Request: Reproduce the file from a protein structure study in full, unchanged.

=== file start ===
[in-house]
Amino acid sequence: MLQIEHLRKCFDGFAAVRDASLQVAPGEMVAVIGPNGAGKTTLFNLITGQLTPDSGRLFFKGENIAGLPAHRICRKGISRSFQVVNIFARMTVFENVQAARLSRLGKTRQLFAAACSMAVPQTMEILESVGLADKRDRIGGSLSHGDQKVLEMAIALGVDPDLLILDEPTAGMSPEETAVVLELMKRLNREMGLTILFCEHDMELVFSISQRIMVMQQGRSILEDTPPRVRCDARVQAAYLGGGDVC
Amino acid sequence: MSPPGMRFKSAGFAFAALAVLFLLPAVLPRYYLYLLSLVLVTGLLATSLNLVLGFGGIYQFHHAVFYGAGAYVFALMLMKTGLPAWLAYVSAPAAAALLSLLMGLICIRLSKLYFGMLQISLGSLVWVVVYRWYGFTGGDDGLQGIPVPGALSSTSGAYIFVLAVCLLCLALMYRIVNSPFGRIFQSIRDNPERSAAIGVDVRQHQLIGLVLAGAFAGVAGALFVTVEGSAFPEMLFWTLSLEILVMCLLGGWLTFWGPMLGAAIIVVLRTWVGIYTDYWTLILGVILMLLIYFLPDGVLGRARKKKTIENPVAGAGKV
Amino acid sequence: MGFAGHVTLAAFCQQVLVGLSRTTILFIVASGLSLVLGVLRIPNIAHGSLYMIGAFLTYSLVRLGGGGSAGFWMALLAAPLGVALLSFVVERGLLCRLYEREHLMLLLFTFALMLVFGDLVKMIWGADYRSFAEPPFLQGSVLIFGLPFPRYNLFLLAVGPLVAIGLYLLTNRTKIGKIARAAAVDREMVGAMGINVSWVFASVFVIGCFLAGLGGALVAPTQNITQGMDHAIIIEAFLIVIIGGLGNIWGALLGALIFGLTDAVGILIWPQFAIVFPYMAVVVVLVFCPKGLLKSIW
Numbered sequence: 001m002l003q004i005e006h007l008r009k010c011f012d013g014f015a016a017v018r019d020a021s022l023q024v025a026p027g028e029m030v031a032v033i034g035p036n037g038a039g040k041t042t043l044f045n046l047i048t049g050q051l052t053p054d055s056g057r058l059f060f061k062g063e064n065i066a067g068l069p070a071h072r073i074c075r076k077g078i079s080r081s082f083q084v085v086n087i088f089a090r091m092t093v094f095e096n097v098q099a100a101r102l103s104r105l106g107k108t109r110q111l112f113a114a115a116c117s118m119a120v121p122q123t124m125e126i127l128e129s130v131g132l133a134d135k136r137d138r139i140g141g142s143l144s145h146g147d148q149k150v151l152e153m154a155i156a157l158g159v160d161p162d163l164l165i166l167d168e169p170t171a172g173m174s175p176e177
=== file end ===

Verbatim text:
[in-house]
Amino acid sequence: MLQIEHLRKCFDGFAAVRDASLQVAPGEMVAVIGPNGAGKTTLFNLITGQLTPDSGRLFFKGENIAGLPAHRICRKGISRSFQVVNIFARMTVFENVQAARLSRLGKTRQLFAAACSMAVPQTMEILESVGLADKRDRIGGSLSHGDQKVLEMAIALGVDPDLLILDEPTAGMSPEETAVVLELMKRLNREMGLTILFCEHDMELVFSISQRIMVMQQGRSILEDTPPRVRCDARVQAAYLGGGDVC
Amino acid sequence: MSPPGMRFKSAGFAFAALAVLFLLPAVLPRYYLYLLSLVLVTGLLATSLNLVLGFGGIYQFHHAVFYGAGAYVFALMLMKTGLPAWLAYVSAPAAAALLSLLMGLICIRLSKLYFGMLQISLGSLVWVVVYRWYGFTGGDDGLQGIPVPGALSSTSGAYIFVLAVCLLCLALMYRIVNSPFGRIFQSIRDNPERSAAIGVDVRQHQLIGLVLAGAFAGVAGALFVTVEGSAFPEMLFWTLSLEILVMCLLGGWLTFWGPMLGAAIIVVLRTWVGIYTDYWTLILGVILMLLIYFLPDGVLGRARKKKTIENPVAGAGKV
Amino acid sequence: MGFAGHVTLAAFCQQVLVGLSRTTILFIVASGLSLVLGVLRIPNIAHGSLYMIGAFLTYSLVRLGGGGSAGFWMALLAAPLGVALLSFVVERGLLCRLYEREHLMLLLFTFALMLVFGDLVKMIWGADYRSFAEPPFLQGSVLIFGLPFPRYNLFLLAVGPLVAIGLYLLTNRTKIGKIARAAAVDREMVGAMGINVSWVFASVFVIGCFLAGLGGALVAPTQNITQGMDHAIIIEAFLIVIIGGLGNIWGALLGALIFGLTDAVGILIWPQFAIVFPYMAVVVVLVFCPKGLLKSIW
Numbered sequence: 001m002l003q004i005e006h007l008r009k010c011f012d013g014f015a016a017v018r019d020a021s022l023q024v025a026p027g028e029m030v031a032v033i034g035p036n037g038a039g040k041t042t043l044f045n046l047i048t049g050q051l052t053p054d055s056g057r058l059f060f061k062g063e064n065i066a067g068l069p070a071h072r073i074c075r076k077g078i079s080r081s082f083q084v085v086n087i088f089a090r091m092t093v094f095e096n097v098q099a100a101r102l103s104r105l106g107k108t109r110q111l112f113a114a115a116c117s118m119a120v121p122q123t124m125e126i127l128e129s130v131g132l133a134d135k136r137d138r139i140g141g142s143l144s145h146g147d148q149k150v151l152e153m154a155i156a157l158g159v160d161p162d163l164l165i166l167d168e169p170t171a172g173m174s175p176e177